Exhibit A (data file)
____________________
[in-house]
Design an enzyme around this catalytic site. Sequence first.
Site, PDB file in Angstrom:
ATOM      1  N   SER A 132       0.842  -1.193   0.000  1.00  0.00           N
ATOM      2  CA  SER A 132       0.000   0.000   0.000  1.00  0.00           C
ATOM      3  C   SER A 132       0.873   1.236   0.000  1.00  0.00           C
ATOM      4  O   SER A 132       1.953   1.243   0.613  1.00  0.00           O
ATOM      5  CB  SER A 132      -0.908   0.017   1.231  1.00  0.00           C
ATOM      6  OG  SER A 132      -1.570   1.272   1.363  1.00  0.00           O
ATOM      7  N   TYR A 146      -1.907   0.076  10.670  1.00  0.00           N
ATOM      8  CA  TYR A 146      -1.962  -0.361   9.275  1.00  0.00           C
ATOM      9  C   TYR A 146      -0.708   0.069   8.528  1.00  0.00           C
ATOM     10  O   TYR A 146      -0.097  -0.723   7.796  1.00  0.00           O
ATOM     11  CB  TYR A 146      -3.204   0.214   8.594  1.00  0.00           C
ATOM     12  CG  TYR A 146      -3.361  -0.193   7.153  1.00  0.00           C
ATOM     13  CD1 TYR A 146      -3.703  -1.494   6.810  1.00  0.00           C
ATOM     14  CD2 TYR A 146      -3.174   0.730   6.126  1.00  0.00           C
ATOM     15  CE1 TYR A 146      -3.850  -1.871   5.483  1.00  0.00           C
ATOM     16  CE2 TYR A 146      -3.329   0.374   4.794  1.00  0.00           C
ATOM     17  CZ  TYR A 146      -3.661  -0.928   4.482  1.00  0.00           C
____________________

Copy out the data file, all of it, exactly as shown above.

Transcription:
[in-house]
Design an enzyme around this catalytic site. Sequence first.
Site, PDB file in Angstrom:
ATOM      1  N   SER A 132       0.842  -1.193   0.000  1.00  0.00           N
ATOM      2  CA  SER A 132       0.000   0.000   0.000  1.00  0.00           C
ATOM      3  C   SER A 132       0.873   1.236   0.000  1.00  0.00           C
ATOM      4  O   SER A 132       1.953   1.243   0.613  1.00  0.00           O
ATOM      5  CB  SER A 132      -0.908   0.017   1.231  1.00  0.00           C
ATOM      6  OG  SER A 132      -1.570   1.272   1.363  1.00  0.00           O
ATOM      7  N   TYR A 146      -1.907   0.076  10.670  1.00  0.00           N
ATOM      8  CA  TYR A 146      -1.962  -0.361   9.275  1.00  0.00           C
ATOM      9  C   TYR A 146      -0.708   0.069   8.528  1.00  0.00           C
ATOM     10  O   TYR A 146      -0.097  -0.723   7.796  1.00  0.00           O
ATOM     11  CB  TYR A 146      -3.204   0.214   8.594  1.00  0.00           C
ATOM     12  CG  TYR A 146      -3.361  -0.193   7.153  1.00  0.00           C
ATOM     13  CD1 TYR A 146      -3.703  -1.494   6.810  1.00  0.00           C
ATOM     14  CD2 TYR A 146      -3.174   0.730   6.126  1.00  0.00           C
ATOM     15  CE1 TYR A 146      -3.850  -1.871   5.483  1.00  0.00           C
ATOM     16  CE2 TYR A 146      -3.329   0.374   4.794  1.00  0.00           C
ATOM     17  CZ  TYR A 146      -3.661  -0.928   4.482  1.00  0.00           C